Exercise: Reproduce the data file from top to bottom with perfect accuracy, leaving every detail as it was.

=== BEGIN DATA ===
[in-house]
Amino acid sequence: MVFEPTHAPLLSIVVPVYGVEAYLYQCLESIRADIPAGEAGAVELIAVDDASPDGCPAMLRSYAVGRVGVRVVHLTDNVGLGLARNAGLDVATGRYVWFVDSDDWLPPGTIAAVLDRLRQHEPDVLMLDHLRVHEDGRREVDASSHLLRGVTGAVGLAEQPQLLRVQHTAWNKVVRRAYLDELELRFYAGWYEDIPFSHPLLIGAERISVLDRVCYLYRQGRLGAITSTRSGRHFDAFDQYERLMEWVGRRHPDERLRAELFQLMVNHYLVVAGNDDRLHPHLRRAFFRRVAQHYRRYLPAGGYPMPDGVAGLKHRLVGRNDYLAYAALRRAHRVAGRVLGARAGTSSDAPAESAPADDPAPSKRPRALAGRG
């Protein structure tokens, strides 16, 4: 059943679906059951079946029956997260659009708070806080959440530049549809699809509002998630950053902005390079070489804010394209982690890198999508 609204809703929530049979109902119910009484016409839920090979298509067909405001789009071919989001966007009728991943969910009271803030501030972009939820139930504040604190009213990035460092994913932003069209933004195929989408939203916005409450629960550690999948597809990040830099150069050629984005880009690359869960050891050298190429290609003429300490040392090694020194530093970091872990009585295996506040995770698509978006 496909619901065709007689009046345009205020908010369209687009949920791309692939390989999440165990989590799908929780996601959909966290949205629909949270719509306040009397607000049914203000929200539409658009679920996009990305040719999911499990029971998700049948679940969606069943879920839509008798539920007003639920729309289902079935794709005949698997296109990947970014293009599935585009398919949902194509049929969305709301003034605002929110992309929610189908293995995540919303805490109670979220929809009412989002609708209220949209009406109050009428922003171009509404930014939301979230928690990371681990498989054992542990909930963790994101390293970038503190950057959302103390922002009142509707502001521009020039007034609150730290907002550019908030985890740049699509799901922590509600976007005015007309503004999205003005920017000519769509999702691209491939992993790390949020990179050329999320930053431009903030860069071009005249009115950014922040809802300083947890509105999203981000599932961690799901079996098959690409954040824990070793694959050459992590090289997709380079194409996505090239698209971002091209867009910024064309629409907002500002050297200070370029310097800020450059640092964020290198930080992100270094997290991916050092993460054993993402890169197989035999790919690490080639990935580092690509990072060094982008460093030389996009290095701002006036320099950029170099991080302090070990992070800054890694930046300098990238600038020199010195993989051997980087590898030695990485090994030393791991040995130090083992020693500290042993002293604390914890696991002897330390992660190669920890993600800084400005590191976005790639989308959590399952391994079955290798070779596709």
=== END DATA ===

[in-house]
Amino acid sequence: MVFEPTHAPLLSIVVPVYGVEAYLYQCLESIRADIPAGEAGAVELIAVDDASPDGCPAMLRSYAVGRVGVRVVHLTDNVGLGLARNAGLDVATGRYVWFVDSDDWLPPGTIAAVLDRLRQHEPDVLMLDHLRVHEDGRREVDASSHLLRGVTGAVGLAEQPQLLRVQHTAWNKVVRRAYLDELELRFYAGWYEDIPFSHPLLIGAERISVLDRVCYLYRQGRLGAITSTRSGRHFDAFDQYERLMEWVGRRHPDERLRAELFQLMVNHYLVVAGNDDRLHPHLRRAFFRRVAQHYRRYLPAGGYPMPDGVAGLKHRLVGRNDYLAYAALRRAHRVAGRVLGARAGTSSDAPAESAPADDPAPSKRPRALAGRG
């Protein structure tokens, strides 16, 4: 059943679906059951079946029956997260659009708070806080959440530049549809699809509002998630950053902005390079070489804010394209982690890198999508 609204809703929530049979109902119910009484016409839920090979298509067909405001789009071919989001966007009728991943969910009271803030501030972009939820139930504040604190009213990035460092994913932003069209933004195929989408939203916005409450629960550690999948597809990040830099150069050629984005880009690359869960050891050298190429290609003429300490040392090694020194530093970091872990009585295996506040995770698509978006 496909619901065709007689009046345009205020908010369209687009949920791309692939390989999440165990989590799908929780996601959909966290949205629909949270719509306040009397607000049914203000929200539409658009679920996009990305040719999911499990029971998700049948679940969606069943879920839509008798539920007003639920729309289902079935794709005949698997296109990947970014293009599935585009398919949902194509049929969305709301003034605002929110992309929610189908293995995540919303805490109670979220929809009412989002609708209220949209009406109050009428922003171009509404930014939301979230928690990371681990498989054992542990909930963790994101390293970038503190950057959302103390922002009142509707502001521009020039007034609150730290907002550019908030985890740049699509799901922590509600976007005015007309503004999205003005920017000519769509999702691209491939992993790390949020990179050329999320930053431009903030860069071009005249009115950014922040809802300083947890509105999203981000599932961690799901079996098959690409954040824990070793694959050459992590090289997709380079194409996505090239698209971002091209867009910024064309629409907002500002050297200070370029310097800020450059640092964020290198930080992100270094997290991916050092993460054993993402890169197989035999790919690490080639990935580092690509990072060094982008460093030389996009290095701002006036320099950029170099991080302090070990992070800054890694930046300098990238600038020199010195993989051997980087590898030695990485090994030393791991040995130090083992020693500290042993002293604390914890696991002897330390992660190669920890993600800084400005590191976005790639989308959590399952391994079955290798070779596709």